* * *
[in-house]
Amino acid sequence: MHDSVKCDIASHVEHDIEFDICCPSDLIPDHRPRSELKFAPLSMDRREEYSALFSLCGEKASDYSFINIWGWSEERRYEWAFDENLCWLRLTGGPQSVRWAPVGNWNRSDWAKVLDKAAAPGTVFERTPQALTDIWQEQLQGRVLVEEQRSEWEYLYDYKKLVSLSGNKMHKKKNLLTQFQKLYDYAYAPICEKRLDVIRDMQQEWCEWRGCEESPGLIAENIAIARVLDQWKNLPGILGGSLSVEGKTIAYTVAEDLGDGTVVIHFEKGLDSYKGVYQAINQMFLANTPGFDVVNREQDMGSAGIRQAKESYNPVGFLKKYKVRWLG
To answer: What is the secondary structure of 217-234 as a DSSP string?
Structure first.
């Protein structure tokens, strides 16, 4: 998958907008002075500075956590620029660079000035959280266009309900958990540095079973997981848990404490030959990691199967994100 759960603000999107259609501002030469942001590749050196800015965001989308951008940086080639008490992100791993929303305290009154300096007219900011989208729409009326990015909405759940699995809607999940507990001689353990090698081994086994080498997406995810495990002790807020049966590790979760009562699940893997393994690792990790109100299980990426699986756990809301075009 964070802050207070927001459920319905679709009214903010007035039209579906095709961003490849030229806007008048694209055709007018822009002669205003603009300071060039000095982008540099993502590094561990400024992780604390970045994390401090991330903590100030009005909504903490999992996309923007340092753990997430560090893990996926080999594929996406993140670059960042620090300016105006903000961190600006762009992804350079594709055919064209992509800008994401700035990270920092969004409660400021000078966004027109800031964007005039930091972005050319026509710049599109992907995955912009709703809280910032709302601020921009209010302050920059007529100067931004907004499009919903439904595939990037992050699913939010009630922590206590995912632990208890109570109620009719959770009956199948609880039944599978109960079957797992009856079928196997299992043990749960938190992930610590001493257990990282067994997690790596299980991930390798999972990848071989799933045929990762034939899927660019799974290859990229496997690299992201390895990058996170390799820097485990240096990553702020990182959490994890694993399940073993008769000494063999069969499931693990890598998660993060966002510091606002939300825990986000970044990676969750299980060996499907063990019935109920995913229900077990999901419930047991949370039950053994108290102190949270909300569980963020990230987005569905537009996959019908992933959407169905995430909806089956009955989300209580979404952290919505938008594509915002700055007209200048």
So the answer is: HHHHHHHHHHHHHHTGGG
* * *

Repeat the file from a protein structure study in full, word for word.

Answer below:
[in-house]
Amino acid sequence: MHDSVKCDIASHVEHDIEFDICCPSDLIPDHRPRSELKFAPLSMDRREEYSALFSLCGEKASDYSFINIWGWSEERRYEWAFDENLCWLRLTGGPQSVRWAPVGNWNRSDWAKVLDKAAAPGTVFERTPQALTDIWQEQLQGRVLVEEQRSEWEYLYDYKKLVSLSGNKMHKKKNLLTQFQKLYDYAYAPICEKRLDVIRDMQQEWCEWRGCEESPGLIAENIAIARVLDQWKNLPGILGGSLSVEGKTIAYTVAEDLGDGTVVIHFEKGLDSYKGVYQAINQMFLANTPGFDVVNREQDMGSAGIRQAKESYNPVGFLKKYKVRWLG
To answer: What is the secondary structure of 217-234 as a DSSP string?
Structure first.
């Protein structure tokens, strides 16, 4: 998958907008002075500075956590620029660079000035959280266009309900958990540095079973997981848990404490030959990691199967994100 759960603000999107259609501002030469942001590749050196800015965001989308951008940086080639008490992100791993929303305290009154300096007219900011989208729409009326990015909405759940699995809607999940507990001689353990090698081994086994080498997406995810495990002790807020049966590790979760009562699940893997393994690792990790109100299980990426699986756990809301075009 964070802050207070927001459920319905679709009214903010007035039209579906095709961003490849030229806007008048694209055709007018822009002669205003603009300071060039000095982008540099993502590094561990400024992780604390970045994390401090991330903590100030009005909504903490999992996309923007340092753990997430560090893990996926080999594929996406993140670059960042620090300016105006903000961190600006762009992804350079594709055919064209992509800008994401700035990270920092969004409660400021000078966004027109800031964007005039930091972005050319026509710049599109992907995955912009709703809280910032709302601020921009209010302050920059007529100067931004907004499009919903439904595939990037992050699913939010009630922590206590995912632990208890109570109620009719959770009956199948609880039944599978109960079957797992009856079928196997299992043990749960938190992930610590001493257990990282067994997690790596299980991930390798999972990848071989799933045929990762034939899927660019799974290859990229496997690299992201390895990058996170390799820097485990240096990553702020990182959490994890694993399940073993008769000494063999069969499931693990890598998660993060966002510091606002939300825990986000970044990676969750299980060996499907063990019935109920995913229900077990999901419930047991949370039950053994108290102190949270909300569980963020990230987005569905537009996959019908992933959407169905995430909806089956009955989300209580979404952290919505938008594509915002700055007209200048």
So the answer is: HHHHHHHHHHHHHHTGGG